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Attack On US Economy Failed
Economic reports for the West Michigan market area showed improvement at the beginning of this month, and public companies in this area expected the fourth quarter would pave the way for a steady launch of 2002. And so it should be.
In this year consumers have shown their confidence in business’s ability to regroup and strengthen bottom lines, riding the market roller coaster. While economists expressed surprise at continued confidence, corporate expectations have begun to provide new impetus for such consumer attitudes.
Make no mistake: A new example of endurance was given in the events of last week. While bearing the tremendous shock and grief of terrorist attacks, Americans stood shoulder-to-shoulder in every color and creed to rescue, pray and rebuild. The image of three individuals acting in concert at the end of their lives to thwart what fate the terrorists thought they had sealed is our “monument,” and it lies in the fields of Pennsylvania.
The attack last week on the U.S. economy failed. The creativity and ability of entrepreneurs here and throughout the country may have been represented in the World Trade Center towers, but it is only a representation. The heart and soul of American ingenuity is, in fact, everywhere.
The Wall Street Journal in its editorial last Thursday noted that the strength of a free market is its independence: “… A network, a constellation of prices reflecting hundreds of billions of free decisions.” Our independence would seem an oxymoron to the collective spirit of a nation acting in concert as one — but only to those who do not know us. The freaks of the world’s society, like bullies, have dared us but are mistaken in their perception of us.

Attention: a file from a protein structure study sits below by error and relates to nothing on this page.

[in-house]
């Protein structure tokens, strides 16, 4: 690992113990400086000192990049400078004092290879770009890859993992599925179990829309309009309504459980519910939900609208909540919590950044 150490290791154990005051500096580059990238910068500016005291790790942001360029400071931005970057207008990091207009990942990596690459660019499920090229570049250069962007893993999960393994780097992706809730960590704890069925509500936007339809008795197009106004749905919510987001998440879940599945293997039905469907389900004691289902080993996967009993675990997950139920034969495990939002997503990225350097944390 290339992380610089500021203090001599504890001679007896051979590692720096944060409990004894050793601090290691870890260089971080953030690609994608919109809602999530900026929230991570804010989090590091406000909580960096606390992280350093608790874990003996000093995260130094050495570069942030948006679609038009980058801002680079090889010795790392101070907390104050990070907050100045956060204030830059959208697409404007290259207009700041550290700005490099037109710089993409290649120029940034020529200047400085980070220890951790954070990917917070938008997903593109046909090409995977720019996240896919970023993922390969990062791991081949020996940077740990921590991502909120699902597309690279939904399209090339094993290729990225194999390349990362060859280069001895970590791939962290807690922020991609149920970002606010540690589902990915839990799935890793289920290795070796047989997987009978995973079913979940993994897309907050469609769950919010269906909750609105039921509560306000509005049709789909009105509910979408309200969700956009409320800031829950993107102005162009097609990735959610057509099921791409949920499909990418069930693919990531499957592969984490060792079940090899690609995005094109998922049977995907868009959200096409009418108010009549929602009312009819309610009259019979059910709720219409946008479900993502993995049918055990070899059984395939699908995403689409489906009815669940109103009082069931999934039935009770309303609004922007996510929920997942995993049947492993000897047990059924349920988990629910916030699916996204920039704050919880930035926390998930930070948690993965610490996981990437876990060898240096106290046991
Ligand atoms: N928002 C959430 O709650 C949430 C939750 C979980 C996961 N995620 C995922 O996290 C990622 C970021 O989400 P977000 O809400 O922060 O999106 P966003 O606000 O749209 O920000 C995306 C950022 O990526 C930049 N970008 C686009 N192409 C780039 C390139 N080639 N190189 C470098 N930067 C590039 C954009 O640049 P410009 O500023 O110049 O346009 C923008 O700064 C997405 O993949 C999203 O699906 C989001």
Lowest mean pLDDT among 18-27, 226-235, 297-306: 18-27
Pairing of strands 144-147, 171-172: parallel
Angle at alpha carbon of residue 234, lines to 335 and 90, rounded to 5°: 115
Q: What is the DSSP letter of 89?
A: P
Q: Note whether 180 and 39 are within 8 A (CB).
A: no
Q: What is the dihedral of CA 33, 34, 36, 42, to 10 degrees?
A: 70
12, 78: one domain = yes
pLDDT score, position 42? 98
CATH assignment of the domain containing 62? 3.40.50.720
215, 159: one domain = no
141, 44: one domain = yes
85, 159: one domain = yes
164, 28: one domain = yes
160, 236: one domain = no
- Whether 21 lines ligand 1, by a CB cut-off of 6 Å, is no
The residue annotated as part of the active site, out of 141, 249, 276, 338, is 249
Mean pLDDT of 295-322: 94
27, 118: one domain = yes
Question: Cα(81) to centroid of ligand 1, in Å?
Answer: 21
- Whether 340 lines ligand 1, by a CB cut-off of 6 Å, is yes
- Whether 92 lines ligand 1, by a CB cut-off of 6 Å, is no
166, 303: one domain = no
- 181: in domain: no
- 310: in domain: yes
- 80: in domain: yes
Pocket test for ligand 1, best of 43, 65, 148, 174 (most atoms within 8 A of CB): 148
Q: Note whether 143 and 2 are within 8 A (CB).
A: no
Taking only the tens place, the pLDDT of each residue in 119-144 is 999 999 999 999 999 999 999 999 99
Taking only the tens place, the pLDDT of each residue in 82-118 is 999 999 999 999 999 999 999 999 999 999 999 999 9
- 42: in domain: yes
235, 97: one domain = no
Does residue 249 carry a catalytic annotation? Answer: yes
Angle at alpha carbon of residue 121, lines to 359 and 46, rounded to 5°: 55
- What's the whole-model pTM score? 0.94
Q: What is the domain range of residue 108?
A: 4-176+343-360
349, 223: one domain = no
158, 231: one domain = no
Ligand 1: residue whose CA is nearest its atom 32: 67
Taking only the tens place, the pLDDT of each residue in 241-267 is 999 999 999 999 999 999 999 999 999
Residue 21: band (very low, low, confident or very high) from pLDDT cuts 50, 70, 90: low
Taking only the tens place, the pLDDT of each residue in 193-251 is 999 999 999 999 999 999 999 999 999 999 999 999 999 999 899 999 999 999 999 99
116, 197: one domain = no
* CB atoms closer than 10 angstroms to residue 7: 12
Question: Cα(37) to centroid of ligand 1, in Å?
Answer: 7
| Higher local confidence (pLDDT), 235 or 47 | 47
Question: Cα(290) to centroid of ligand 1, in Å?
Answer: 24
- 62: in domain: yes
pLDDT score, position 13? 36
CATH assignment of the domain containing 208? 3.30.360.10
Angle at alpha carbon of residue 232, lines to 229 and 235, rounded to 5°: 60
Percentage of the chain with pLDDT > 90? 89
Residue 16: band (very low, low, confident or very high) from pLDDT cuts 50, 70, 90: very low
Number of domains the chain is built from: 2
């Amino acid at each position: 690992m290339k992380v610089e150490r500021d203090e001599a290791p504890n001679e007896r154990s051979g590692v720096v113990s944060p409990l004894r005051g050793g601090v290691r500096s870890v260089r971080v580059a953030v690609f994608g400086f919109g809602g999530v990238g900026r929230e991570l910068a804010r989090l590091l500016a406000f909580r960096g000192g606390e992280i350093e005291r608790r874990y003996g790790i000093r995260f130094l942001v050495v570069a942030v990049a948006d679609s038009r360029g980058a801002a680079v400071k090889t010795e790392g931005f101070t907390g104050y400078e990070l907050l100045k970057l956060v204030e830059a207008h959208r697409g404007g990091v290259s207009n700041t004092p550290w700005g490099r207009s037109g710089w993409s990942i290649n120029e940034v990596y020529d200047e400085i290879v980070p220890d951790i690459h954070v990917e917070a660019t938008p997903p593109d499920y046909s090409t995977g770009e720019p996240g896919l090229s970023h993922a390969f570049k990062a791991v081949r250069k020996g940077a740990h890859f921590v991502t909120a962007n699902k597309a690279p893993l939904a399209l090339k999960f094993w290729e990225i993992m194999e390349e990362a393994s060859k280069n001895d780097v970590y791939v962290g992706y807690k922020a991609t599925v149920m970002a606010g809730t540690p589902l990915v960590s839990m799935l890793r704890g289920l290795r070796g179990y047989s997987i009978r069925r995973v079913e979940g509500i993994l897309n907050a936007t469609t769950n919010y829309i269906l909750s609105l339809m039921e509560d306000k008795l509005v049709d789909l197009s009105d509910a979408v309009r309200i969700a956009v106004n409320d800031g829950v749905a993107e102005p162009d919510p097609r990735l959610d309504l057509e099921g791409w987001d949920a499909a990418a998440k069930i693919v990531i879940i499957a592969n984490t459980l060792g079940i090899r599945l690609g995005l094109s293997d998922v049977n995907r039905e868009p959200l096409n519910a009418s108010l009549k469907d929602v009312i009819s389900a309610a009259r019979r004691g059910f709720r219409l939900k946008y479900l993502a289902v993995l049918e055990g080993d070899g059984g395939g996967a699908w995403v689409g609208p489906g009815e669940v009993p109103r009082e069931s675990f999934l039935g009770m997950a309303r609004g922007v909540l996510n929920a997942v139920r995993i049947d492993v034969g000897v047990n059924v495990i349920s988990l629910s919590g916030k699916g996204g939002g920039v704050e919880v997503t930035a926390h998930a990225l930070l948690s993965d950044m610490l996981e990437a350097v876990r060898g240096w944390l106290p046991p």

The market reopens this week as President Bush considers defense and answers to our provokers. This battle can be fought with more than the muddy boots of previous “engagements.” This “new enemy” of no particular place requires new battle plans. One of those answers will lie in the technology sector, which was this year pounded and reshaped just in time. The creativity and ability of these companies — including those in West Michigan — will be required. This campaign of terror likely anticipates that it could spur or lure us to predictable action upon which traps already are laid. There have been headaches and complaints about the rapid advancements in technology, but now it cannot be fast enough.
The grief of so many co-workers, executives and families will be allayed by rebuilding in their names.
It appears Americans want the world to know it.